So, you’re 13 weeks away from the test, and you’ve suddenly realized that you’re marvellously ill-equipped to sit through all 180 minutes of the nail-biting action. Suddenly, you’re very fond of the books you bought a year ago, and you’re fighting harder to keep yourself up by the desk lamp.
Perhaps the first feat you want to see yourself achieve right now, is somehow developing a unique eye for words and a fascinating grasp of numbers. While there are many known ways of doing that, when you have, say, 13 months at your disposal, there are lesser known shenanigans that bring you up to the game in 13 weeks. So, what then? Are you as doomed as you are perhaps thinking? Well, possibly not. Because, unless your brain’s abilities have been compromised completely, you can still have a plan.
Yes, a plan! That’s what you need, of course. But you can’t have a plan if you don’t know how or where you’re going to start. Can you?
What else you can do inside qs leap ?
So, basically, the first step to having a plan is to not subsist on the stress your brain is constantly feeding you. The first step to having a plan is to know the game. And no, I don’t mean, knowing what the test looks like. I mean, knowing how best YOU can play the game. Isn’t that what good game strategies are made of? Everybody knows the rules of the game, but not everybody is a good player.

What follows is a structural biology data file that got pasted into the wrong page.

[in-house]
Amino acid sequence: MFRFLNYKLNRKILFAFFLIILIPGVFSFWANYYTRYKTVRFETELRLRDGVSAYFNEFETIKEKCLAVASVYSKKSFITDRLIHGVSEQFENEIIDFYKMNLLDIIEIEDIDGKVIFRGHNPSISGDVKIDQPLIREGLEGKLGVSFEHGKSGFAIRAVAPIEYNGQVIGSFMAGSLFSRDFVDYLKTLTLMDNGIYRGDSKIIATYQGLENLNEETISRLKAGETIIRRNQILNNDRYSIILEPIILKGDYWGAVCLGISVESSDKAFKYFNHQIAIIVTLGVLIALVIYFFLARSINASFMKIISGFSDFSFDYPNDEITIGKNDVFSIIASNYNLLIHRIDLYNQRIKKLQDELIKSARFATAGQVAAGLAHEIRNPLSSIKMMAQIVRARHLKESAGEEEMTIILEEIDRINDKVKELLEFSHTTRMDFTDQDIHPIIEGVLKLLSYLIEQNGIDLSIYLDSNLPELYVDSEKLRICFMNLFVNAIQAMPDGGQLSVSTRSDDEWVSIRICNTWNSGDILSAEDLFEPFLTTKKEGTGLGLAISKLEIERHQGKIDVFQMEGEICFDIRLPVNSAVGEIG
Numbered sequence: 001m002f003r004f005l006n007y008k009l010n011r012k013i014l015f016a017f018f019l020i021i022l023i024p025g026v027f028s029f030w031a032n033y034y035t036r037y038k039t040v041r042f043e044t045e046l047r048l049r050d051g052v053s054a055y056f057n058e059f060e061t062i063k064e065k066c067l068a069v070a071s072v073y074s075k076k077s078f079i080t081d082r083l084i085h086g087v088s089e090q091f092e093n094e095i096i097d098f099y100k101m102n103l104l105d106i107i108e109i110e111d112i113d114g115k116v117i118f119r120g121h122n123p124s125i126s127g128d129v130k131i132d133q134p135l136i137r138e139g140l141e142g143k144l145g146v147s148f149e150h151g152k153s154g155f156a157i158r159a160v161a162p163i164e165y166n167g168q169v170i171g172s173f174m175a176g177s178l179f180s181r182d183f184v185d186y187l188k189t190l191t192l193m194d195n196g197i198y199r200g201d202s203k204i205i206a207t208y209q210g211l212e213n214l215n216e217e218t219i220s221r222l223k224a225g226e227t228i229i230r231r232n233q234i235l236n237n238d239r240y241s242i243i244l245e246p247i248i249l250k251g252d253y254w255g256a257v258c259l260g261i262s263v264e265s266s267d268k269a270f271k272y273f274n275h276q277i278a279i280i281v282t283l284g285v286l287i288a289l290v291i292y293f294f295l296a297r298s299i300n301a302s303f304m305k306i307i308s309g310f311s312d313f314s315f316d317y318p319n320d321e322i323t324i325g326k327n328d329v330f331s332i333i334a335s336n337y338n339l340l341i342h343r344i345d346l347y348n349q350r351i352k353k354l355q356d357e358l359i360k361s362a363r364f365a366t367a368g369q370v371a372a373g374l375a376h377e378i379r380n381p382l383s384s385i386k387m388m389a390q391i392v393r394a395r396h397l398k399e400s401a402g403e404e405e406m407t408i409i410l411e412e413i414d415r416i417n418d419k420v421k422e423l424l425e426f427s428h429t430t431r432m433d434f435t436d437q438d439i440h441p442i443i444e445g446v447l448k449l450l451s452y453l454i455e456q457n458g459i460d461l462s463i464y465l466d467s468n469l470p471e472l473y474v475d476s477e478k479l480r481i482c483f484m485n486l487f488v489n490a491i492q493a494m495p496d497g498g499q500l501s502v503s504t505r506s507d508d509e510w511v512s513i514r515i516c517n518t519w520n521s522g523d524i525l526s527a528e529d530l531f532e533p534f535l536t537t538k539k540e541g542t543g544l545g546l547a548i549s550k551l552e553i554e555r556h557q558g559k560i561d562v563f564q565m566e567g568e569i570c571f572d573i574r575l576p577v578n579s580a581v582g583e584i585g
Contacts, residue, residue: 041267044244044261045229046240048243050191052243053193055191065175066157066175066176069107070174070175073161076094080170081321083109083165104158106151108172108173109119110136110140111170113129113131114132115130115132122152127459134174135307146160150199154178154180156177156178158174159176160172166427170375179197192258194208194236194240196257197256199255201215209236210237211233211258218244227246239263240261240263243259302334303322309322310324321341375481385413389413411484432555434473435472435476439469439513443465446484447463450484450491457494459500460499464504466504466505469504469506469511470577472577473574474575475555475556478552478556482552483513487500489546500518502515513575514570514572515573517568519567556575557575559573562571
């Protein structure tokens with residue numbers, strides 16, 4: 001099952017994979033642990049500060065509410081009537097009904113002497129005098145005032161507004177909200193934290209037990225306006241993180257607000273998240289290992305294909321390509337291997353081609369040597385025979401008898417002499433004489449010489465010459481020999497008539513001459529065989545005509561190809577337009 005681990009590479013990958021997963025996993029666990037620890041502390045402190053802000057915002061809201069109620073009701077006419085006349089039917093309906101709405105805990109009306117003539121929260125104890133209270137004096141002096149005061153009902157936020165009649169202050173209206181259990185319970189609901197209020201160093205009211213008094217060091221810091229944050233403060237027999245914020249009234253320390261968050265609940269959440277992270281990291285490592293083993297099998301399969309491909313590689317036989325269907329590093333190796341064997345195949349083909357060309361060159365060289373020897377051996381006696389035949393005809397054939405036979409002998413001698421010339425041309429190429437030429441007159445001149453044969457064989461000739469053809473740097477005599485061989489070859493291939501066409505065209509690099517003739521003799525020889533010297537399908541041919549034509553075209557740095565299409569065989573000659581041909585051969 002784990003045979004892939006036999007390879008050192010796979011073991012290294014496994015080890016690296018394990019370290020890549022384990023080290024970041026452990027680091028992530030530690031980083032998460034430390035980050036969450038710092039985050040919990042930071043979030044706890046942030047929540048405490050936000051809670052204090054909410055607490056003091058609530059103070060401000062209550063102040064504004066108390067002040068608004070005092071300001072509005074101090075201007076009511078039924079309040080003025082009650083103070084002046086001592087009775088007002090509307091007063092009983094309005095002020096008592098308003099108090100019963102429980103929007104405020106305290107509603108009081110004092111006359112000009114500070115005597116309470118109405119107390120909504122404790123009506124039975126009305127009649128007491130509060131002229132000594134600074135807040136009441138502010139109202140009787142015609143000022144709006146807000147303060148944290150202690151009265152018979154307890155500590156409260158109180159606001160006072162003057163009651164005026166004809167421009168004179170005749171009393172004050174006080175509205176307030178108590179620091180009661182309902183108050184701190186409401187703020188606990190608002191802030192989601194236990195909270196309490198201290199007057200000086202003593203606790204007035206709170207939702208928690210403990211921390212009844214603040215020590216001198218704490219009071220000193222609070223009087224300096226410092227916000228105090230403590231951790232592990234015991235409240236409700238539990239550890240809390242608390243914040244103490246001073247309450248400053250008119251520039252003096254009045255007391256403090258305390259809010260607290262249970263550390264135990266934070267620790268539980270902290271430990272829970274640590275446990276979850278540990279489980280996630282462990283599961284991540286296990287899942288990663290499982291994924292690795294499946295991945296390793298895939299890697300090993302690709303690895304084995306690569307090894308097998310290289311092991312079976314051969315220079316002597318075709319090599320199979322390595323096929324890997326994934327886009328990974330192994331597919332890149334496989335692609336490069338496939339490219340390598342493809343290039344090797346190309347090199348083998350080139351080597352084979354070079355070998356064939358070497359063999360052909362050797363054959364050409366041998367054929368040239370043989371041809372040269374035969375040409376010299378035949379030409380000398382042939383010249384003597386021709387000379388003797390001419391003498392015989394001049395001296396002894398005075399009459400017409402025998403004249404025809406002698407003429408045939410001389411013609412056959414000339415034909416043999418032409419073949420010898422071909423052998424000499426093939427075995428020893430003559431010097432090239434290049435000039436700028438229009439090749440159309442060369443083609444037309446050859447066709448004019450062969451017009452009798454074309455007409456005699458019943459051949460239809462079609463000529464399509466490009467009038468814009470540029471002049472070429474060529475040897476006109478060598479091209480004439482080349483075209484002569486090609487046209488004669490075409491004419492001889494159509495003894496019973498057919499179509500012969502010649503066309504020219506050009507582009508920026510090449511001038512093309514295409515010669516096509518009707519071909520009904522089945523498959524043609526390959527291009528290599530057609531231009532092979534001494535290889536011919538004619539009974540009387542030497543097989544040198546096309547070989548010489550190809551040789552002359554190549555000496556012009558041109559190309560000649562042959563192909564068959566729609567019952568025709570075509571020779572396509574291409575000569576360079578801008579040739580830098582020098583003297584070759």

Here’s what I’m getting at: You could’ve been a student of the Sciences all your life and still be crippled by the overturning tricks numbers play with you. Likewise, you could be a bibliophile and still love the idea of manipulating numbers to solve a problem. Whatever the case, you will still have something (within your natural skill-set) that you do better than something else. And if you’ve been attentive to your own abilities for the most part of your life, you perhaps know what that something is already. If not, that’s where my elaborate rant is probably going to pay off.
Remember that the CAT is a test of aptitude, and you are supposed to leverage your natural aptitude in a way that brings you your dream score. So, if you’re paying little or no attention to what you are already good at, you’re making a mistake. The trick is to focus more on your weaknesses, but also to work on those strengths simultaneously. What’s that wild card that upturns everything, you ask? It’s time. Time management is management indeed; in the broadest sense you can imagine. And if you can manage your time on a test that is constantly trying to throw you off, you certainly have it in you to be a great manager. Now, that’s what the CAT wishes to test, and it’s important that you know that before you get all tousled up about the journey.
So, here’s a four step process to leveraging your CATabilities (Pardon the wordplay):
- Become an obsessive nit-picker on your first mock attempt: Ah, those beautiful books on your shelf are beckoning, and you respond by picking up a chapter/topic and solving questions incessantly. What a waste. How many questions are you planning on obsessively solving this way? Why not turn your obsession onto yourself? Have a crack at all the varieties the test has to offer, and be your greatest critic. Take a full-length mock right away, and become a devoted hypercritic. Take the time if you need to, but make sure that at the end of the mock, you have a detailed understanding of what you are sifting through at breakneck speeds and what you are decidedly terrible at. You know what? Create a dynamic excel sheet, and maintain a log of your weaknesses and improvements.